Columns Written by Notable Black Journalists


from Maynard Forum

Gwen Ifill: 1955 to 2016

Gwen Ifill, a pioneering African-American journalist whose career evolved from an internship in a newspaper city room to the pinnacle of national political journalism, died Monday from endometrial cancer in Washington at age 61.

We at the Maynard Institute mourn her loss. She was a generous mentor, particularly to young people, and a great friend of the Institute.

Ms. Ifill was co-anchor of “The PBS NewsHour” and moderator of the PBS “Washington Week” program. She moderated a Democratic primary debate between Hillary Clinton and Bernie Sanders in February, before illness forced her to take a leave of absence from PBS.

From her early newspaper days in Boston and Baltimore, Ms. Ifill was a pioneer, often the only African American woman covering local political beats. The New York City native moved to the Washington Post and New York Times before transitioning her energies to broadcast media with jobs at NBC and PBS.

Gwen Ifill, who overcame barriers as a black female journalist, dies at 61 - The Washington Post

Gwen Ifill, Award-Winning Political Reporter and Author, Dies at 61 - The New York Times

Remembering Gwen Ifill - PBS

Postscript: Gwen Ifill - The New Yorker

The Life and Example of Gwen Ifill - The New York Times


Gwen Ifill: An Appreciation

By Dorothy Gilliam

Dorothy Butler Gilliam is a founding member of the Maynard Institute board of directors. She is a pioneering African-American journalist and a retired columnist for the Washington Post.

I was moved to wracking sobs when I learned of Gwen Ifill’s death today.  We interacted on so many occasions – she was my friend, former colleague at The Washington Post, my fellow worshipper at Metropolitan AME Church where she used proceeds from her book to help restore the historic edifice in downtown Washington.  She was a generous person with brains and heart who made an unparalleled impact on the world of journalism for all women but especially for African American women.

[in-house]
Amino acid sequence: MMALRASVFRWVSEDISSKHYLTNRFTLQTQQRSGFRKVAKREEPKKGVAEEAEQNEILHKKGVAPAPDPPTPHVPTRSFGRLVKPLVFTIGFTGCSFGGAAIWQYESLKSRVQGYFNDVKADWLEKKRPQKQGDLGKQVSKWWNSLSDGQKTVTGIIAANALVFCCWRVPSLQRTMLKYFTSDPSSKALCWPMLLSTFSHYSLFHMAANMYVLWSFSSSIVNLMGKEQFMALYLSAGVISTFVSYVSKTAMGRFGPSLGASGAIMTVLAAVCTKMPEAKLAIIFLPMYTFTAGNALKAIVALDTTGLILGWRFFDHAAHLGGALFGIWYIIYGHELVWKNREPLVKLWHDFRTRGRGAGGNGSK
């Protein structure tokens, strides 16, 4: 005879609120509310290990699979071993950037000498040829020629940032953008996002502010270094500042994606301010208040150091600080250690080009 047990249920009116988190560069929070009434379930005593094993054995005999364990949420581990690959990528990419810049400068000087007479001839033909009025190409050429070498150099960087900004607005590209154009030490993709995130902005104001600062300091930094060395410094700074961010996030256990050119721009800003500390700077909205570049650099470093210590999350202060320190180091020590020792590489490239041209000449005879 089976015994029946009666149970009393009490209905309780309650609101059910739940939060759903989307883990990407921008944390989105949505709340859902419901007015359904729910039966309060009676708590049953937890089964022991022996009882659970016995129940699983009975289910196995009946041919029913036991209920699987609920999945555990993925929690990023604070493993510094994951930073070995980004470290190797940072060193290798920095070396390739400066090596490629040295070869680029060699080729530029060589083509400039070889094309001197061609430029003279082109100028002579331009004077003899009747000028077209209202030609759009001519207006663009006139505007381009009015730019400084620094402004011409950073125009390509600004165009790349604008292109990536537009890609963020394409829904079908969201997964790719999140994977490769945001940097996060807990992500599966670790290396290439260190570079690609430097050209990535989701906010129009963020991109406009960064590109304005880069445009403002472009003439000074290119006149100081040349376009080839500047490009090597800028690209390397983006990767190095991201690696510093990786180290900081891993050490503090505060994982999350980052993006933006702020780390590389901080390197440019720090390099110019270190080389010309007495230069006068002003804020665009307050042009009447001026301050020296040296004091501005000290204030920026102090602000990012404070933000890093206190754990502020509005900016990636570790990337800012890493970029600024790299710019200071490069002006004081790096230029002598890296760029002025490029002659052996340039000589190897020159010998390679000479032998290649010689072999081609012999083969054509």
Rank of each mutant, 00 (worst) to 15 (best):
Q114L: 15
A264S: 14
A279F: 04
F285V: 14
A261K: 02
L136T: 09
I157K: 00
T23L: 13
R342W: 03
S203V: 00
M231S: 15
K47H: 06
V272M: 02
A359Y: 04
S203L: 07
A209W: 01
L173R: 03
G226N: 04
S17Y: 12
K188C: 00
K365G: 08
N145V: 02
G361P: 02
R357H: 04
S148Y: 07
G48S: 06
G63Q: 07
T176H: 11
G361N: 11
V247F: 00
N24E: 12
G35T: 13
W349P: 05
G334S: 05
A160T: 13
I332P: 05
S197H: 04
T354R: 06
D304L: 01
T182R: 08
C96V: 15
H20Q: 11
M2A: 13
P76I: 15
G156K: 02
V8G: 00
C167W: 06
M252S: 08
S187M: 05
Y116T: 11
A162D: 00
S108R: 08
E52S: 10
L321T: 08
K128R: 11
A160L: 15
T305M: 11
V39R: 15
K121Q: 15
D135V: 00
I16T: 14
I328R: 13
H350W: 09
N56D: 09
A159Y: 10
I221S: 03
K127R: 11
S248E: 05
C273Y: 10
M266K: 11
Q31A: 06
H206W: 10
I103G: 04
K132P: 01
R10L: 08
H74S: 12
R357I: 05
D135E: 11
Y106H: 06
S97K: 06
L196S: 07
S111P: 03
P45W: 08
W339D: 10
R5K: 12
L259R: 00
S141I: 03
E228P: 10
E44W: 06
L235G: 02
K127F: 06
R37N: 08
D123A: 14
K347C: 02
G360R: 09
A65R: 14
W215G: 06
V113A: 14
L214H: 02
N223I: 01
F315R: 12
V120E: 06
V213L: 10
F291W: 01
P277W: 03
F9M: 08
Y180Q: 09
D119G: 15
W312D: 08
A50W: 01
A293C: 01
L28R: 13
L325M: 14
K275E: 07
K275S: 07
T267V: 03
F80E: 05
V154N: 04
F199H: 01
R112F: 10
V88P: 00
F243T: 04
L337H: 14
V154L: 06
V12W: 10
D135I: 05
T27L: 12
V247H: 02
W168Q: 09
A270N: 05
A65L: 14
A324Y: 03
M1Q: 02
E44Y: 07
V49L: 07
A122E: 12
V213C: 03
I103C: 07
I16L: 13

A few years ago, I joined in a roast of Gwen at the National Press Club.    I recalled meeting Gwen when she came to The Post in l984.  I shared that as the first African American woman hired as a reporter at the newspaper I had battle scars as well as triumphs from inside and outside the newsroom.  But Gwen was part of the new young generation—working on the national staff, covering presidential politics—Gwen was Baaad!  I joked that she was smart enough to leave the newspaper before her morning paper was delivered by drones and eventually to land in television.  I recalled it was many years later before I learned that Gwen and I had something in common—we were both PK’s—Preacher’s Kids—daughters of ministers in the AME Church.  Our fathers’ ministries often required us to live in different cities—hard times for the kids because that meant new schools, neighborhoods, playmates.  We had to learn survival skills early. I joked that she still shuddered each April when she remembered when ministers like her father learned whether they and their families would have to move to a new city or could remain where they were for another year.  I was flattered that in response to my toast she called me a role model.

Gwen was the consummate professional who played the news straight in all her work.  But occasionally on the PBS Newshour she could give a guest a quick, slightly incredulous look that to me said, “Oh no, you didn’t go there!”  I loved the joy that emanated from Gwen despite the pressures of her work.  I loved Gwen Ifill—one of the most successful female journalist in journalism history.


from Grapevine

Our Condolences to Brenda Payton Jones

Dr. James Williams (photo)Condolences to Oakland Voices coordinator Brenda Payton Jones who lost her father, Dr. James Williams, November 23. Dr. Williams was one of the famed Tuskegee Airmen.

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